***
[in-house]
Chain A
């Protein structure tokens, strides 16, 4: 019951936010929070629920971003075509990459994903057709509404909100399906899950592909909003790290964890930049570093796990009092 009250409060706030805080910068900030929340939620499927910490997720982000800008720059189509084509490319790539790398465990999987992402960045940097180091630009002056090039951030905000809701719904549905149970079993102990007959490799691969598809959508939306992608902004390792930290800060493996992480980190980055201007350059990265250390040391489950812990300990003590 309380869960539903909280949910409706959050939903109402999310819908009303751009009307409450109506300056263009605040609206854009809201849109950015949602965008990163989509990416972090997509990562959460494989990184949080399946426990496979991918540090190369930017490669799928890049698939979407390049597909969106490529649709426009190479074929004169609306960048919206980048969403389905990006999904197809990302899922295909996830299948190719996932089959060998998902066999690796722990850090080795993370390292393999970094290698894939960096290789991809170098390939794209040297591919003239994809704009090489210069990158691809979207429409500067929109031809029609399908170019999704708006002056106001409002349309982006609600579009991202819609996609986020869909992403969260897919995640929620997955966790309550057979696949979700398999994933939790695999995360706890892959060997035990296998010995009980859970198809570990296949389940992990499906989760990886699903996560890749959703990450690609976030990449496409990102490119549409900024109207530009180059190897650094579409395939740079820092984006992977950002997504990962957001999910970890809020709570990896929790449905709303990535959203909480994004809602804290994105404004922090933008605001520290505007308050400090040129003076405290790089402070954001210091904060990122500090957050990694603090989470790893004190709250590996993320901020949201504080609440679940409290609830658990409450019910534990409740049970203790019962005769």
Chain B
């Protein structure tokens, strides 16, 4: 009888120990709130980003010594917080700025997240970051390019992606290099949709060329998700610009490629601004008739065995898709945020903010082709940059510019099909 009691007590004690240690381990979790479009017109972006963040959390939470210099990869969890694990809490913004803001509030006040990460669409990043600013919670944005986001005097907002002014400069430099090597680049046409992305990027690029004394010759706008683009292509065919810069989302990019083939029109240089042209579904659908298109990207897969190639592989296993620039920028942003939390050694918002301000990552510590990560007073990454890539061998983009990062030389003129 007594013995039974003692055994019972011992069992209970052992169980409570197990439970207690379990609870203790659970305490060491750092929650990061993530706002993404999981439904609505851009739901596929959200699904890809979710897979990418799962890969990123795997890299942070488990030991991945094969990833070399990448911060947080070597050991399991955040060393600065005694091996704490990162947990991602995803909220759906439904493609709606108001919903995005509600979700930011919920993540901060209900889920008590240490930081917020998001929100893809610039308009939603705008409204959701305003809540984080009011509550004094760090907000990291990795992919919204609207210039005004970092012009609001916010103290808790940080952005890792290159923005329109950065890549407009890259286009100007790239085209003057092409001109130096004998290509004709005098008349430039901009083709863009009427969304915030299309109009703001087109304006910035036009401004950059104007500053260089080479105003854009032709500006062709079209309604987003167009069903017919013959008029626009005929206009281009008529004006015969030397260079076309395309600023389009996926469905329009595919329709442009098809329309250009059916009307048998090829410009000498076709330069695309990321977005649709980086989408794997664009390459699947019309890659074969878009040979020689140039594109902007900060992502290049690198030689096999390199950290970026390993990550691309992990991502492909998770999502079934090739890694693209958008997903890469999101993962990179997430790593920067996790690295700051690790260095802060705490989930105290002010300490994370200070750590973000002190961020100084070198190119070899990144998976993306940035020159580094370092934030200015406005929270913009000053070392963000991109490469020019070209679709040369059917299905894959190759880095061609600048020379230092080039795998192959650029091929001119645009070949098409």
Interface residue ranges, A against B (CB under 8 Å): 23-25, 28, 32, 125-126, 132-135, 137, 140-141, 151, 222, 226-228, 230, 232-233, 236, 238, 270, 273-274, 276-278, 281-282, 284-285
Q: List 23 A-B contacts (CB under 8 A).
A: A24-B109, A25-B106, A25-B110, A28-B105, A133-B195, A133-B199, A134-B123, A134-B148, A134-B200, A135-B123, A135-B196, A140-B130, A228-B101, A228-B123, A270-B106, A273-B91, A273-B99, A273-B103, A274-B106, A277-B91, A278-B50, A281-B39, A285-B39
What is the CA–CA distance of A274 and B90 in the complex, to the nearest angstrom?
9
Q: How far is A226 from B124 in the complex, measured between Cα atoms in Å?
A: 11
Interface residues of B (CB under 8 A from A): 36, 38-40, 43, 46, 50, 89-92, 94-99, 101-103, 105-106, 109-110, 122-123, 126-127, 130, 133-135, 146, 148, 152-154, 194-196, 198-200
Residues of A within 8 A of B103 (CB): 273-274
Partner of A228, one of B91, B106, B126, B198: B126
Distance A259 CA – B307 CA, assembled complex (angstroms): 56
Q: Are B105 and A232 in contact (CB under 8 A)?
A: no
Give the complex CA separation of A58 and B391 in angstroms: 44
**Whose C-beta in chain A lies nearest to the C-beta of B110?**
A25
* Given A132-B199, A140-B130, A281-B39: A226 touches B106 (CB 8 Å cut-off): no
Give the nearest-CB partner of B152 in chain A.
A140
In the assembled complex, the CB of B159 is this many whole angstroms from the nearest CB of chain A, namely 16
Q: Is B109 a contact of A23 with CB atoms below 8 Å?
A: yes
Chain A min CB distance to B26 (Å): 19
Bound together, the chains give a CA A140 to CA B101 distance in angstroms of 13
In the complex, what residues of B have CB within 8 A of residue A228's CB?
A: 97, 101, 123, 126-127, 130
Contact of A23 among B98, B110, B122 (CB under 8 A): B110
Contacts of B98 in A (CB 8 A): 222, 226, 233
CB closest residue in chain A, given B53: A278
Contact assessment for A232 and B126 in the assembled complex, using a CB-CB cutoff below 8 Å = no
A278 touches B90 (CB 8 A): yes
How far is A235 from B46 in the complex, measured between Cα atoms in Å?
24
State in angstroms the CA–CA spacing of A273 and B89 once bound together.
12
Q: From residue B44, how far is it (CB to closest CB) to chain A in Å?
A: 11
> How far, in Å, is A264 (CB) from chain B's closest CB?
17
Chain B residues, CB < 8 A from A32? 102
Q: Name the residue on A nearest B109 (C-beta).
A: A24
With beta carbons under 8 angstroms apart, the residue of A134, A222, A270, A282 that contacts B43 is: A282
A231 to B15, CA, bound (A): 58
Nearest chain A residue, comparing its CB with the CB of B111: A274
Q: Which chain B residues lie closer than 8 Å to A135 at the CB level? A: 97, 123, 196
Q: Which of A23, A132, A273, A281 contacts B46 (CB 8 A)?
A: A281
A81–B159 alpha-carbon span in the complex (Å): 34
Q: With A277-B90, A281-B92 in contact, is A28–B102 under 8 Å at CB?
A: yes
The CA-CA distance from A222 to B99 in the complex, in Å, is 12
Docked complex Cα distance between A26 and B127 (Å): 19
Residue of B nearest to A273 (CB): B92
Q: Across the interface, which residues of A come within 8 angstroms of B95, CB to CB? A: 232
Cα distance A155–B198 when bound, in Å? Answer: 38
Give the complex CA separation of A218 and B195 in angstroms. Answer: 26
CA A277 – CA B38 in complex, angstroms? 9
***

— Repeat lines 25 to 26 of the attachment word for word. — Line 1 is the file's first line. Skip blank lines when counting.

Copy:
In the assembled complex, the CB of B159 is this many whole angstroms from the nearest CB of chain A, namely 16
Q: Is B109 a contact of A23 with CB atoms below 8 Å?